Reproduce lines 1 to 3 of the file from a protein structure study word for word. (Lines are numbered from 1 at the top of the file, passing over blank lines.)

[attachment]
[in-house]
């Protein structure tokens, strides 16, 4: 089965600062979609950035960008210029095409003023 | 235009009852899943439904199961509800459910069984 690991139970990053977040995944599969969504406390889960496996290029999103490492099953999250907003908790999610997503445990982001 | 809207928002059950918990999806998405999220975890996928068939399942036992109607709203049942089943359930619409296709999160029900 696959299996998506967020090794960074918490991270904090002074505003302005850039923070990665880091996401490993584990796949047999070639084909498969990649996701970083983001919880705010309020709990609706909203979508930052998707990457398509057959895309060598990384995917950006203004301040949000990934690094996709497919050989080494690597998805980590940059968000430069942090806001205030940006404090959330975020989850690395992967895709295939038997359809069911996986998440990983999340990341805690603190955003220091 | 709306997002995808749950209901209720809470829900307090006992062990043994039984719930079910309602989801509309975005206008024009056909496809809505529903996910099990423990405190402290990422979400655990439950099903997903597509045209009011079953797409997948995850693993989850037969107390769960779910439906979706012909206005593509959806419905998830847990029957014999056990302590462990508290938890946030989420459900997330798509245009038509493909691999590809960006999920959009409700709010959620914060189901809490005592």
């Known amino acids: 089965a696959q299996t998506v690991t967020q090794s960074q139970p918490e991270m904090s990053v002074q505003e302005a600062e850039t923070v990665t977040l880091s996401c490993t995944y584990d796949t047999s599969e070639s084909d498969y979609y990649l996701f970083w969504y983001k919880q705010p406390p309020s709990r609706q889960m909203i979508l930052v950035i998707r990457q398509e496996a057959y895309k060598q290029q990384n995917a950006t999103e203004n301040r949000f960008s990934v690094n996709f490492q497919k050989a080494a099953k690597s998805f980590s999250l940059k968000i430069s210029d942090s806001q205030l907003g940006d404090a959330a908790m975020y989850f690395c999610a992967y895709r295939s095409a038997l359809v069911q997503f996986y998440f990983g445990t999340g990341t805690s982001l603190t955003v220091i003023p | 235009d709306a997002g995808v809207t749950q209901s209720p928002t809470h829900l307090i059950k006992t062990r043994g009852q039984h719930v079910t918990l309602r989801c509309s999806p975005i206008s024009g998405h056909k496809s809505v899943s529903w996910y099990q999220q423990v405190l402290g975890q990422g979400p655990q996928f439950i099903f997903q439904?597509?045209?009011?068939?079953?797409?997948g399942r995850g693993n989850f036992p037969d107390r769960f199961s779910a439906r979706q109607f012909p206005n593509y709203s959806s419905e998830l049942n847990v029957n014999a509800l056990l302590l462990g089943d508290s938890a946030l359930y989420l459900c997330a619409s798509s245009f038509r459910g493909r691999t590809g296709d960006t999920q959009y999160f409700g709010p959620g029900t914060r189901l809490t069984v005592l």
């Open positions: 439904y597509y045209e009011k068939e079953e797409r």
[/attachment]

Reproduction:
[in-house]
């Protein structure tokens, strides 16, 4: 089965600062979609950035960008210029095409003023 | 235009009852899943439904199961509800459910069984 690991139970990053977040995944599969969504406390889960496996290029999103490492099953999250907003908790999610997503445990982001 | 809207928002059950918990999806998405999220975890996928068939399942036992109607709203049942089943359930619409296709999160029900 696959299996998506967020090794960074918490991270904090002074505003302005850039923070990665880091996401490993584990796949047999070639084909498969990649996701970083983001919880705010309020709990609706909203979508930052998707990457398509057959895309060598990384995917950006203004301040949000990934690094996709497919050989080494690597998805980590940059968000430069942090806001205030940006404090959330975020989850690395992967895709295939038997359809069911996986998440990983999340990341805690603190955003220091 | 709306997002995808749950209901209720809470829900307090006992062990043994039984719930079910309602989801509309975005206008024009056909496809809505529903996910099990423990405190402290990422979400655990439950099903997903597509045209009011079953797409997948995850693993989850037969107390769960779910439906979706012909206005593509959806419905998830847990029957014999056990302590462990508290938890946030989420459900997330798509245009038509493909691999590809960006999920959009409700709010959620914060189901809490005592």
């Known amino acids: 089965a696959q299996t998506v690991t967020q090794s960074q139970p918490e991270m904090s990053v002074q505003e302005a600062e850039t923070v990665t977040l880091s996401c490993t995944y584990d796949t047999s599969e070639s084909d498969y979609y990649l996701f970083w969504y983001k919880q705010p406390p309020s709990r609706q889960m909203i979508l930052v950035i998707r990457q398509e496996a057959y895309k060598q290029q990384n995917a950006t999103e203004n301040r949000f960008s990934v690094n996709f490492q497919k050989a080494a099953k690597s998805f980590s999250l940059k968000i430069s210029d942090s806001q205030l907003g940006d404090a959330a908790m975020y989850f690395c999610a992967y895709r295939s095409a038997l359809v069911q997503f996986y998440f990983g445990t999340g990341t805690s982001l603190t955003v220091i003023p | 235009d709306a997002g995808v809207t749950q209901s209720p928002t809470h829900l307090i059950k006992t062990r043994g009852q039984h719930v079910t918990l309602r989801c509309s999806p975005i206008s024009g998405h056909k496809s809505v899943s529903w996910y099990q999220q423990v405190l402290g975890q990422g979400p655990q996928f439950i099903f997903q439904?597509?045209?009011?068939?079953?797409?997948g399942r995850g693993n989850f036992p037969d107390r769960f199961s779910a439906r979706q109607f012909p206005n593509y709203s959806s419905e998830l049942n847990v029957n014999a509800l056990l302590l462990g089943d508290s938890a946030l359930y989420l459900c997330a619409s798509s245009f038509r459910g493909r691999t590809g296709d960006t999920q959009y999160f409700g709010p959620g029900t914060r189901l809490t069984v005592l």